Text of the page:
Singapore's Big Banks' Bad-Loan Woes May Be Getting Worseby
DBS, rivals to report fourth-quarter results this week
Lenders may set aside more provisions for energy loans: RHB
The woes of Singaporean energy-services provider Ezra Holdings Ltd. are a stark reminder to the city’s biggest banks of the threat souring oil and gas loans pose to their earnings.
A writedown flagged by Ezra recently has refocused attention on the debt-repayment problems marine-services firms are facing, fueling concerns that lenders may have to set aside more money to cover loan losses. Fourth-quarter results due this week from DBS Group Holdings Ltd. and its two biggest rivals may include a 44 percent surge in combined provisions for the period from a year earlier, according to RHB Capital Bhd.
“At the end of the day, it’s the issue of provisioning that will weigh down on profitability,” said Leng Seng Choon, an RHB analyst in Singapore.
Oversea-Chinese Banking Corp. publishes its earnings on Feb. 14, the first of the big banks to do so. Its Great Eastern Holdings Ltd. insurance unit posted an 11 percent profit decline on Monday. DBS, the city’s largest lender, reports on Feb. 16, followed by United Overseas Bank Ltd. a day later.
Charges for energy loans have colored the results reported by the banks over the past year, adding to pressure from a weakening domestic economy and slower lending growth. Reduced demand for oil and gas services has led at least four companies into default, the highest profile of which was Swiber Holdings Ltd., which sought court protection in July.
In the latest sign of the industry’s struggles, Ezra on Feb 3. flagged that it faces a $170 million writedown on a joint venture, as it negotiates -- along with a host of its peers in marine services -- for more lenient repayment terms with banks and creditors. The firm and its related companies owe S$1.1 billion ($774 million) to the three banks, CIMB Group Holdings Bhd. said in a Feb. 2 report, citing its own estimates.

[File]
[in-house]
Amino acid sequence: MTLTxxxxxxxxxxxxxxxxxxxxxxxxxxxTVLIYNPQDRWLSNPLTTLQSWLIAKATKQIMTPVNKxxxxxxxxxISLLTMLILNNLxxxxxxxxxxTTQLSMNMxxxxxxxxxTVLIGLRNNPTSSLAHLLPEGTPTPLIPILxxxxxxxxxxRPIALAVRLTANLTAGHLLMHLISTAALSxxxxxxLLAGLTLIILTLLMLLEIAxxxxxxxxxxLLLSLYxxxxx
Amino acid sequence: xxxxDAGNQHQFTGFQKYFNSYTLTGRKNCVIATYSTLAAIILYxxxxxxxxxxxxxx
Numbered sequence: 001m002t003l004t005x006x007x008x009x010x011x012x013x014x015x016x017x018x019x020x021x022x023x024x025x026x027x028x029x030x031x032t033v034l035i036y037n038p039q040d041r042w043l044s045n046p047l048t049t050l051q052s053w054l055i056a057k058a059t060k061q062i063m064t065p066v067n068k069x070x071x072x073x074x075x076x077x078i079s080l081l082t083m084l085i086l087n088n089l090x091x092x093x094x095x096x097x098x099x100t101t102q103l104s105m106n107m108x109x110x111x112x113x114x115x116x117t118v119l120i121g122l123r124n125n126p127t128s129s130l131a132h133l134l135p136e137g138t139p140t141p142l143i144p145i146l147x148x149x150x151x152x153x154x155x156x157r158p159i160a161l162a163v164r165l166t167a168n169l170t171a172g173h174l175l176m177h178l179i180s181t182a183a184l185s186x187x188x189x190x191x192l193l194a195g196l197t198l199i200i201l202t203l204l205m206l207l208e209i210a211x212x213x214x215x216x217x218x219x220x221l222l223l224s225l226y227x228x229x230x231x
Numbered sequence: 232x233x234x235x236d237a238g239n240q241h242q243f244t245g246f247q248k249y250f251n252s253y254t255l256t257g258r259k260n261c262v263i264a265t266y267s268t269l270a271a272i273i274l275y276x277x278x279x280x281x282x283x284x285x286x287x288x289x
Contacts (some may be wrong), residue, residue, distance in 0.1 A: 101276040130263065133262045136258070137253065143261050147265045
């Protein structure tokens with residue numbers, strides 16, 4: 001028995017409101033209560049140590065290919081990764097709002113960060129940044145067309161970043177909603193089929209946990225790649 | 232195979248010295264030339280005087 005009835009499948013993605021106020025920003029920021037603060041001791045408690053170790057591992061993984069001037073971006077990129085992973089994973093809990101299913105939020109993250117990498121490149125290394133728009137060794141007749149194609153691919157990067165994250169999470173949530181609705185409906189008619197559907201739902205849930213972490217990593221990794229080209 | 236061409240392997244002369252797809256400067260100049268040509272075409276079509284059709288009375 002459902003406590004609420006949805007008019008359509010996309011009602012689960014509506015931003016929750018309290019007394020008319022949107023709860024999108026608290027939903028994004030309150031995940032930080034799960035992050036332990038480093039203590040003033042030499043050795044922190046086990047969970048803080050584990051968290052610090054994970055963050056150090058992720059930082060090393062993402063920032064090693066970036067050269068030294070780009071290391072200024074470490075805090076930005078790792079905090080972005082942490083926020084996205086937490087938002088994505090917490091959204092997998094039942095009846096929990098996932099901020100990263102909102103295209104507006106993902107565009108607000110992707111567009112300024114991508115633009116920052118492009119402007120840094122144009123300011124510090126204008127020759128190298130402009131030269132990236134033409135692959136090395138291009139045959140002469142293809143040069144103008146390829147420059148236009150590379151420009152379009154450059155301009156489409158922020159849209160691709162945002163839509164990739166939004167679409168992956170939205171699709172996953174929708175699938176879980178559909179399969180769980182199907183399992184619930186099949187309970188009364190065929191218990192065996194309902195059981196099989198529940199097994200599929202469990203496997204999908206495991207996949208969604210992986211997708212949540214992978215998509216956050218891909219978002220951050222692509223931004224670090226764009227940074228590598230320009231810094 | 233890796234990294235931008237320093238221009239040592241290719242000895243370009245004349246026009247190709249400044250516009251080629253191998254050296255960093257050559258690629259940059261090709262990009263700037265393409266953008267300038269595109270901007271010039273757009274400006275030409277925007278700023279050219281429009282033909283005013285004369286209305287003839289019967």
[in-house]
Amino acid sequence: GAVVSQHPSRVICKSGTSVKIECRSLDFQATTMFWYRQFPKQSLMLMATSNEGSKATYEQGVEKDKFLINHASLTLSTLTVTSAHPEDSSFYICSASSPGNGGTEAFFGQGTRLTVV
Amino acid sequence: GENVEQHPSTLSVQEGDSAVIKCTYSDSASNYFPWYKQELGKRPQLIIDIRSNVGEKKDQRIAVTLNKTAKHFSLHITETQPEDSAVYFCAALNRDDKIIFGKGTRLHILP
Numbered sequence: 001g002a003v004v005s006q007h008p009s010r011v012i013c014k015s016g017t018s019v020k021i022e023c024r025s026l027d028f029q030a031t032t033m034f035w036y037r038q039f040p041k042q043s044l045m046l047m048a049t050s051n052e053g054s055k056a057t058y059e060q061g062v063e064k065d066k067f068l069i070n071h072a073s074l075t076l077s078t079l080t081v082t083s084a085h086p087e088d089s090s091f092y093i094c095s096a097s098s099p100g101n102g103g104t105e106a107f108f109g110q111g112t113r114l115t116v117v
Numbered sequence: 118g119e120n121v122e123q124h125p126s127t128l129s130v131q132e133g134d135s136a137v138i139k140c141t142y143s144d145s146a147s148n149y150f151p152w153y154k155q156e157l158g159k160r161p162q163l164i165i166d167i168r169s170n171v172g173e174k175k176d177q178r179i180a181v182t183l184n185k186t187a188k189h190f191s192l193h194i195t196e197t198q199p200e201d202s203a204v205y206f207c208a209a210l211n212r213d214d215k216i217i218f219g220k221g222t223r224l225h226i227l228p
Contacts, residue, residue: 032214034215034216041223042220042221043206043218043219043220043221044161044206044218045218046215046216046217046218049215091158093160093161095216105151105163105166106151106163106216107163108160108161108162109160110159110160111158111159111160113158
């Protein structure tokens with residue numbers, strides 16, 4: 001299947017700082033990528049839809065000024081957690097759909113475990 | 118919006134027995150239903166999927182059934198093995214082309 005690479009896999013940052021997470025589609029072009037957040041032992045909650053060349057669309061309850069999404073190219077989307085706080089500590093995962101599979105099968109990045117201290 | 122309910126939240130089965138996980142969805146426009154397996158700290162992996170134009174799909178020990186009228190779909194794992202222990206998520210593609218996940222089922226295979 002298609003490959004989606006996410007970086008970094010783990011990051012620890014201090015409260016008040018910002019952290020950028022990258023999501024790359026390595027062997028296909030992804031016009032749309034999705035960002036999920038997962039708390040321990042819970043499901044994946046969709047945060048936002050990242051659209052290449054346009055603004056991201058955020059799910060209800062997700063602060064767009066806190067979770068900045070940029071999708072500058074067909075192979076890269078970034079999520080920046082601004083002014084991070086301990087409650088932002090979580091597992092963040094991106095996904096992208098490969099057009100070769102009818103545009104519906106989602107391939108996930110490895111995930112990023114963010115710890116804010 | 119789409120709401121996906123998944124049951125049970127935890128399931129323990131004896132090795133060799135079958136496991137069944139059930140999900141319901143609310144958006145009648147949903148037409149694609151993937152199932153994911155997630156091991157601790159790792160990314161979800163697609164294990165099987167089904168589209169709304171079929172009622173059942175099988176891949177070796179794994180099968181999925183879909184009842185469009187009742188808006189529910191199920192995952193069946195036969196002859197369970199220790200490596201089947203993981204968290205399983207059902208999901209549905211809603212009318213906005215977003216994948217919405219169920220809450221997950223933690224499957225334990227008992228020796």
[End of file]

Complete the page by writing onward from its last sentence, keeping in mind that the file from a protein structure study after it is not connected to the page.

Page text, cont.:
None of the banks have revealed publicly their exposures to Ezra or whether they have set aside any funds to cover loans to the company. It’s possible they may have already done so because Ezra’s financial difficulties are well known, Standard & Poor’s analyst Ivan Tan said by phone on Feb. 6.
DBS more than doubled its loan provisions in the September quarter from a year earlier, leaving its profit for the period little changed. The bank grew its buffers at a similar pace in the previous quarter to cover its exposure to Swiber.
Representatives from DBS and UOB declined to comment.
For OCBC, stress tests since the third quarter of 2015 allowed the bank to identify customers that could be impacted, enabling it in turn to restructure some loans and make provisions “for the potential further deterioration” in oil and gas, spokeswoman Koh Ching Ching said in an e-mail. She couldn’t share details of specific loans, citing banking secrecy restrictions.
To cover potential losses related to Ezra and other energy-services firms, the banks may report combined loan provisions for the December quarter of S$910 million, according to estimates from RHB Capital.
DBS shares climbed about 26 percent since the release of its third-quarter earnings at the end of October, while OCBC and UOB are up more than 10 percent. The banks have rallied amid optimism U.S. interest rates will rise, driving borrowing costs and interest income higher, according to a Feb. 8 report by Daiwa Capital Markets analyst David Lum.
DBS shares rose 0.2 percent as of 11:19 a.m. in Singapore on Monday. OCBC was unchanged at S$9.75 and UOB gained 0.9 percent.